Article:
You simply cannot survive without water. And while you might very well be able to purchase land for a homestead that has county or agricultural water, you might also want to consider self-reliant options for water. You also might not be able to buy land that is already irrigated and on the water grid, and either way, considering grids can always fail and if you’re homesteading, you are most likely intending to be as off-grid and self-reliant as possible, so alternative sources of water are always ideal. Here are a few of the most common methods for getting and keeping water on a homestead.
Wells are ideal, but they can also be expensive and are dependent on a few factors, like the water table on your property and the kind of ground you have. Wells are an invaluable resource though, so they’re definitely worth considering. If you are shopping for land, a property that already has a well is an excellent criteria to take into account when shopping around. If you already have land, you’ll want to research will drilling a bit first and compare different services if you can so you get the best deal and the most knowledgeable and experienced well drillers. Here’s a great video from a prepping vlogger on everything you need to know about drilling a well.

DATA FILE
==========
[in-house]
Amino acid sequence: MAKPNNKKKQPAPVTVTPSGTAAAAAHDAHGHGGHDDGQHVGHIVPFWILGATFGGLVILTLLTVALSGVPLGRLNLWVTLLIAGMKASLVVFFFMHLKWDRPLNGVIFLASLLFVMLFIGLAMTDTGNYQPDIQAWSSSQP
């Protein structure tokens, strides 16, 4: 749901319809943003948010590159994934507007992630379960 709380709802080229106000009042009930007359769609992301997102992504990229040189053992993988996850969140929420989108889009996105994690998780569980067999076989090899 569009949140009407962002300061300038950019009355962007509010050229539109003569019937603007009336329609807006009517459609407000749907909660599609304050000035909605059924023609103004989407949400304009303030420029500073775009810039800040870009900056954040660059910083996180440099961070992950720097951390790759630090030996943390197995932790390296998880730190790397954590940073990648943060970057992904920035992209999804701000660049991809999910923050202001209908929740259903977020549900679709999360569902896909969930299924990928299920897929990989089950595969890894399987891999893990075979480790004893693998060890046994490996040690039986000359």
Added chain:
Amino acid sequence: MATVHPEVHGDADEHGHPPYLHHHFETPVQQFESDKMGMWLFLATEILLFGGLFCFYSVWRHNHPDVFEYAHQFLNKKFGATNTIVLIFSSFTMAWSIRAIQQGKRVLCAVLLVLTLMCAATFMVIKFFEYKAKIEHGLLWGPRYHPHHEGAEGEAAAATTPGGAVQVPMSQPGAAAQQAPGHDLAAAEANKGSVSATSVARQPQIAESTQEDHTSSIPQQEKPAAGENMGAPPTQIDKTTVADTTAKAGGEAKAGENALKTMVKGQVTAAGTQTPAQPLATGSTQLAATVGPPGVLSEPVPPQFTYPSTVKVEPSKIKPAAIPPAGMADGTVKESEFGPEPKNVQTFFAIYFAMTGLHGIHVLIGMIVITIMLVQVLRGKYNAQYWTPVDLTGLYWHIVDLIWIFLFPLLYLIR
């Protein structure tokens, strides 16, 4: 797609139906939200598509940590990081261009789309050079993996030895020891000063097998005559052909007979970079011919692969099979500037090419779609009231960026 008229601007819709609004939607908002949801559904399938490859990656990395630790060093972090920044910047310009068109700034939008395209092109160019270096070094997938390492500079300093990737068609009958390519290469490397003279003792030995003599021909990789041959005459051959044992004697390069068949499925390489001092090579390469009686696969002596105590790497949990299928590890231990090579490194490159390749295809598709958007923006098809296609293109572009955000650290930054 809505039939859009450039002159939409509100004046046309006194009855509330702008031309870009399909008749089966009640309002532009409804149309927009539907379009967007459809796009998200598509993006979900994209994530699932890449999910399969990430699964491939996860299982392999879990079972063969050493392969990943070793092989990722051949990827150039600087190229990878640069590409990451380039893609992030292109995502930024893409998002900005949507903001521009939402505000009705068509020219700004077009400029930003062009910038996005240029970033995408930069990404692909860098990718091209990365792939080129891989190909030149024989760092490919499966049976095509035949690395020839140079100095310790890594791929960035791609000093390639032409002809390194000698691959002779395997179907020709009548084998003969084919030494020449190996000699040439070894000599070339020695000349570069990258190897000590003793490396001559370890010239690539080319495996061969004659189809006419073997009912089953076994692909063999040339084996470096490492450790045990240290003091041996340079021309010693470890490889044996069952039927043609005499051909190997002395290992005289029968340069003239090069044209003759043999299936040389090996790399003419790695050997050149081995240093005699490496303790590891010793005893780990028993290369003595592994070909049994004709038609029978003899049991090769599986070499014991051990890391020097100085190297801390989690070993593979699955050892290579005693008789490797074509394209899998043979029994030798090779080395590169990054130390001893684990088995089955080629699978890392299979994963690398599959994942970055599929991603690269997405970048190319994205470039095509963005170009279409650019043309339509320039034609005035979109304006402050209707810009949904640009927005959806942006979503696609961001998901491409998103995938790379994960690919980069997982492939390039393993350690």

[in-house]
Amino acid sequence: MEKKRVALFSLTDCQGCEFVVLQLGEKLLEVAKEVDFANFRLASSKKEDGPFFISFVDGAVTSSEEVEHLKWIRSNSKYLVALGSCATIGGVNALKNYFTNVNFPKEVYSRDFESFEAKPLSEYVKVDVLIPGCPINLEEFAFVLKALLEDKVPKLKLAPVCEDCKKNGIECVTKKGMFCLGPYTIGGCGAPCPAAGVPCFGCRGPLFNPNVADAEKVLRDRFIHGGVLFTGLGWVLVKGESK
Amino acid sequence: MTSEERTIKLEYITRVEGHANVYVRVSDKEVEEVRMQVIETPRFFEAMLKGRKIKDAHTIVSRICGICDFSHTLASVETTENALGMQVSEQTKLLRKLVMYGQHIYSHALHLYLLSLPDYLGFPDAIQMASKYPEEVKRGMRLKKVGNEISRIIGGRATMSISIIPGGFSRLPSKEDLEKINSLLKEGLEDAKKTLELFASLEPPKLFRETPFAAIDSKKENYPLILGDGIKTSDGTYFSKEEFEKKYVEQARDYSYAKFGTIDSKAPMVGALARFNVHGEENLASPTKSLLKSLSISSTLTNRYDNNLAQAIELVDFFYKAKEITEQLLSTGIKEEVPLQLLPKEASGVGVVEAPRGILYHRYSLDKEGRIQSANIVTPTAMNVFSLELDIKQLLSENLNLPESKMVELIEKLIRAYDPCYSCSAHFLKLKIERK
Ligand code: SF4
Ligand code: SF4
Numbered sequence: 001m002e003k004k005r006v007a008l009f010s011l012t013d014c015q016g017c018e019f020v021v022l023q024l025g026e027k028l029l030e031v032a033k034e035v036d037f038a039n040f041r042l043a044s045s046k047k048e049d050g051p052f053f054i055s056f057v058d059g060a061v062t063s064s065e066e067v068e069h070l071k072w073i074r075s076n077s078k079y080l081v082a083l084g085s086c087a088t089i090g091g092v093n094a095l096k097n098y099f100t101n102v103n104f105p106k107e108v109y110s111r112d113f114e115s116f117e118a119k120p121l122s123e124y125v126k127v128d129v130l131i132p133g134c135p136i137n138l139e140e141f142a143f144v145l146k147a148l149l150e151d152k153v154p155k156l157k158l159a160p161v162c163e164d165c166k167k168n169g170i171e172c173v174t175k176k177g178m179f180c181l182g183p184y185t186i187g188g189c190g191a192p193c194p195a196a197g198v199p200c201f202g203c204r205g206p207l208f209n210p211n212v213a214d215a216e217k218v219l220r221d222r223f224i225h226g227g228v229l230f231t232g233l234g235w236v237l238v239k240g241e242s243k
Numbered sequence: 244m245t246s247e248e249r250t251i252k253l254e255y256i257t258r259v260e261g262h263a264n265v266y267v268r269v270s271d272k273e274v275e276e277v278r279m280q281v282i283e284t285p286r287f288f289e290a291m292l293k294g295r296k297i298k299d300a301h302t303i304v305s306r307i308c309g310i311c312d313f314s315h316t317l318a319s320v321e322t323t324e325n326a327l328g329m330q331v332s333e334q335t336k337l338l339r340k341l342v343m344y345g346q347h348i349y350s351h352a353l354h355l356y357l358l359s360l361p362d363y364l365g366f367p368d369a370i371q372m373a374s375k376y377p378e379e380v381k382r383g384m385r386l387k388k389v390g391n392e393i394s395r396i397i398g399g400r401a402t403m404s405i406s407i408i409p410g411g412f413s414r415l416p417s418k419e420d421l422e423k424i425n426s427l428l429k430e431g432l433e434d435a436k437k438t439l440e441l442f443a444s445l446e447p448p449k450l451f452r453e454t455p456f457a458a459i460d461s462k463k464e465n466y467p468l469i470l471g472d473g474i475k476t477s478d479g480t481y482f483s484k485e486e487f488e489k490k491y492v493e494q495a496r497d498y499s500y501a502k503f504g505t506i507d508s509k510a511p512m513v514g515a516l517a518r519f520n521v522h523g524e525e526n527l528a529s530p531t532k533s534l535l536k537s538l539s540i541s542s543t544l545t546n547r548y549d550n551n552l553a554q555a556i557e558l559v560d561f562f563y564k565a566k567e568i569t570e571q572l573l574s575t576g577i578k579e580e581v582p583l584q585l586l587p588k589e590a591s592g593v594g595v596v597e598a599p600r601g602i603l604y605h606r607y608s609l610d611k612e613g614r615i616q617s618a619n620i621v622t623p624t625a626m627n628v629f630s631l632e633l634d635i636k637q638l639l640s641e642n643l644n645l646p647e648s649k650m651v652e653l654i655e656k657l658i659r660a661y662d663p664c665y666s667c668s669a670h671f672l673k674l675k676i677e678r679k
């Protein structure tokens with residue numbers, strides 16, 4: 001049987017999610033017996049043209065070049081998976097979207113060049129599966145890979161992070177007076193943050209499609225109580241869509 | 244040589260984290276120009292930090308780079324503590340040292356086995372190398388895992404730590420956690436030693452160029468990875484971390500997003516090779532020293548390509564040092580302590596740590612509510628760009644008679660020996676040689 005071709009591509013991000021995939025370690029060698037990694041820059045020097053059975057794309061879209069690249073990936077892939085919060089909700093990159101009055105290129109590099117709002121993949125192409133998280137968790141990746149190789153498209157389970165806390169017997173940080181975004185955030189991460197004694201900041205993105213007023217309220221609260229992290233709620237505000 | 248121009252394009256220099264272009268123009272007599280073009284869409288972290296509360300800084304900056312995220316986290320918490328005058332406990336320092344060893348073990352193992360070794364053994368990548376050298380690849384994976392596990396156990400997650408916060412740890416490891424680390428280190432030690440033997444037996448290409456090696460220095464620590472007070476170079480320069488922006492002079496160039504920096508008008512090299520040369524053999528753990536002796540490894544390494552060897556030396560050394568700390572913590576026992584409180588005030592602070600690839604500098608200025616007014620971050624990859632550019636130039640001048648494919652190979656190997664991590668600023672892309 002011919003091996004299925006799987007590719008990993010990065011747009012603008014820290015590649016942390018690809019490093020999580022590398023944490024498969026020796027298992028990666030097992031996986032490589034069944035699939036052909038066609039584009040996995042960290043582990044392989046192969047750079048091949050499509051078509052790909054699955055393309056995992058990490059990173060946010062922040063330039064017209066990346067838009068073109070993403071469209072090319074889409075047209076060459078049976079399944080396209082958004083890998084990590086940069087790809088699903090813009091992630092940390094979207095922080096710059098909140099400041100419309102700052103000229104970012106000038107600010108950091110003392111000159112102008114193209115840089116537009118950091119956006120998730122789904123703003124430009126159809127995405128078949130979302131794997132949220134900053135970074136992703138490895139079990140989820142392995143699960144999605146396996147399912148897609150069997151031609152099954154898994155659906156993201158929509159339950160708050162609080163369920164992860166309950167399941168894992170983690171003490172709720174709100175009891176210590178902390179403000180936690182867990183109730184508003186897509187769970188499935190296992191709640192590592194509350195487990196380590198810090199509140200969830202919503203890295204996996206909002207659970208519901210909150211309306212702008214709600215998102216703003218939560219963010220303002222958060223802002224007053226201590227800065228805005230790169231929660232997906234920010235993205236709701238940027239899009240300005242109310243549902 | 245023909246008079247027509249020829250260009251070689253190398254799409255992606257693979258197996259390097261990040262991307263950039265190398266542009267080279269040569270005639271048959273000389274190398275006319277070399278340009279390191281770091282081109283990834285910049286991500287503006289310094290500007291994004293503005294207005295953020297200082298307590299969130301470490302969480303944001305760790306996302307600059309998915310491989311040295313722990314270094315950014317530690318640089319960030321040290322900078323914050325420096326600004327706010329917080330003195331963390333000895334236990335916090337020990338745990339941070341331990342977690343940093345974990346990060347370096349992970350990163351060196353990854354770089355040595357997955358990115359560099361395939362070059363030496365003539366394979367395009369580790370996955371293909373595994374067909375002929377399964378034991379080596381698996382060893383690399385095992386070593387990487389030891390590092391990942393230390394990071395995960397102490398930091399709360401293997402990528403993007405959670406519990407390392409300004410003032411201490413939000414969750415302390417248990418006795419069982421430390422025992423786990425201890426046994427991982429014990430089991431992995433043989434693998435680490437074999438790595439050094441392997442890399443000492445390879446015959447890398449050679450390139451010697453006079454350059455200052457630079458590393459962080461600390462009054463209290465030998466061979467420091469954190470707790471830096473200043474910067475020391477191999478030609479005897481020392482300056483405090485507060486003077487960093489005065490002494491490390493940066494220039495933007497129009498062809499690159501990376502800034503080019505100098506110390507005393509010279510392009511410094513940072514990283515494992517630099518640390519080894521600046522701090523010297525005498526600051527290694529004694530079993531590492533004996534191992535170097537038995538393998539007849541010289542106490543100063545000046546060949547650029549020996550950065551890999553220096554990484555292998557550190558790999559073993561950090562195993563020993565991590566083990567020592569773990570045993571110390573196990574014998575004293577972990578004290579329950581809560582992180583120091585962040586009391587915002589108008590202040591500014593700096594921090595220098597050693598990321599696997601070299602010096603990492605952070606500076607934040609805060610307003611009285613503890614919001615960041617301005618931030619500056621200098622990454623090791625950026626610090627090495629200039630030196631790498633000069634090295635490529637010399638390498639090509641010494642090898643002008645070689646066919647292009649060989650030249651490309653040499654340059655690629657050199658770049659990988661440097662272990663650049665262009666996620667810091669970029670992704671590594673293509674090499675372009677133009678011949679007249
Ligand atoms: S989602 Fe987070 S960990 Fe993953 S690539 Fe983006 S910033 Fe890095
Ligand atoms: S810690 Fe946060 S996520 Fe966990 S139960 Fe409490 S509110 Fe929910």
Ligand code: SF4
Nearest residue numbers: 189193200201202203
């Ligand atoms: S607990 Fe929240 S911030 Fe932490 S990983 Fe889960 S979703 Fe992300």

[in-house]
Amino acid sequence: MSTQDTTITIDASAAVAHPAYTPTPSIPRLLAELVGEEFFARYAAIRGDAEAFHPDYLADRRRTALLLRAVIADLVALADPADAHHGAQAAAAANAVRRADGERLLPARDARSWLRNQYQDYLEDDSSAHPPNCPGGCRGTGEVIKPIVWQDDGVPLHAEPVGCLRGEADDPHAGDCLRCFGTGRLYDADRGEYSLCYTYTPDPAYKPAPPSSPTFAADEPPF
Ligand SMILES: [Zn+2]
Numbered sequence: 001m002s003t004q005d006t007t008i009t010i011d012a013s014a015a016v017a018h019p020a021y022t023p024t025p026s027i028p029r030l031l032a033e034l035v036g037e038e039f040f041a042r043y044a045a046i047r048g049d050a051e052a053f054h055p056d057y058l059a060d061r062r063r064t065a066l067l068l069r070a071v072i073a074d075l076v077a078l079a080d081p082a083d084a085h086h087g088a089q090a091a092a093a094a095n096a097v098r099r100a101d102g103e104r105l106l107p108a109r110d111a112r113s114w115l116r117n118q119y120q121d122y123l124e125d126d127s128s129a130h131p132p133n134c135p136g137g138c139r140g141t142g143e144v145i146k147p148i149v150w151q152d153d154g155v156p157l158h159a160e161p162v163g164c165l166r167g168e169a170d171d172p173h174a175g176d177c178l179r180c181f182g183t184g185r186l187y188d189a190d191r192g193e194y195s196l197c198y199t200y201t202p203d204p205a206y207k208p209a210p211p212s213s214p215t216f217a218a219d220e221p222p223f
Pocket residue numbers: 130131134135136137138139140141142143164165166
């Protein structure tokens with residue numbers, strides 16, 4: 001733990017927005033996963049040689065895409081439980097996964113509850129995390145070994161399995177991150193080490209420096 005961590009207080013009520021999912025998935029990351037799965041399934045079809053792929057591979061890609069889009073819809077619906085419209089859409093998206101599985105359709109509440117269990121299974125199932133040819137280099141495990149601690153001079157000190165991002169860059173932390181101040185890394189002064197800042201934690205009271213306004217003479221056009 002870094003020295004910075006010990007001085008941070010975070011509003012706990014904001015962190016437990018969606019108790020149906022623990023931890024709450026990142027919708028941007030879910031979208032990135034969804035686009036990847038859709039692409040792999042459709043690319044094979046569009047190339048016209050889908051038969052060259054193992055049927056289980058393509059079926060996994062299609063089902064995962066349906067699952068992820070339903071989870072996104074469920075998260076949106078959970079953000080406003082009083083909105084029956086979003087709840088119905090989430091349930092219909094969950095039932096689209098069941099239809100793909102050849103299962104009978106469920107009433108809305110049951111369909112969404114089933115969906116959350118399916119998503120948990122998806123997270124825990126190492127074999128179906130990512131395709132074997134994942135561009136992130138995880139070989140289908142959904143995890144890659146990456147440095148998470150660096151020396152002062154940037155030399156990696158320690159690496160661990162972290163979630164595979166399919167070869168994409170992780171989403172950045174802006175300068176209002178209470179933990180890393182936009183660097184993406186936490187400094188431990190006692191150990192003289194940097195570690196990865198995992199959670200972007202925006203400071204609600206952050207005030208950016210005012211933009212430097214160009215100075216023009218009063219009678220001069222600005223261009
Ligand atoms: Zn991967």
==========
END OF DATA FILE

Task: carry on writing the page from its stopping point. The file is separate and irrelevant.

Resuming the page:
Harvesting rain water is a very cheap and easy way to collect water, but how reliable it is will of course depend on your location and how often it rains, as well as the means with which you have to collect, store and treat the water. For a simple off-grid homestead, or even if you have county water and simply want to harvest some rain water for your gardening and bathing needs, there are a few different cheap set-ups for very basic water catchment systems. One of the most common is building a sloped roof with a covered gutter that feeds into a large drum or container. There are also containers specifically designed for water catchment that have thick plastic mesh on top to keep out wildlife and filter out debris. Drinking catchment water can be a bit more complicated-you’ll have to filter or treat it, but there are low-budget options for this as well.
What are some methods of storing weather that you’ve considered for your homestead?
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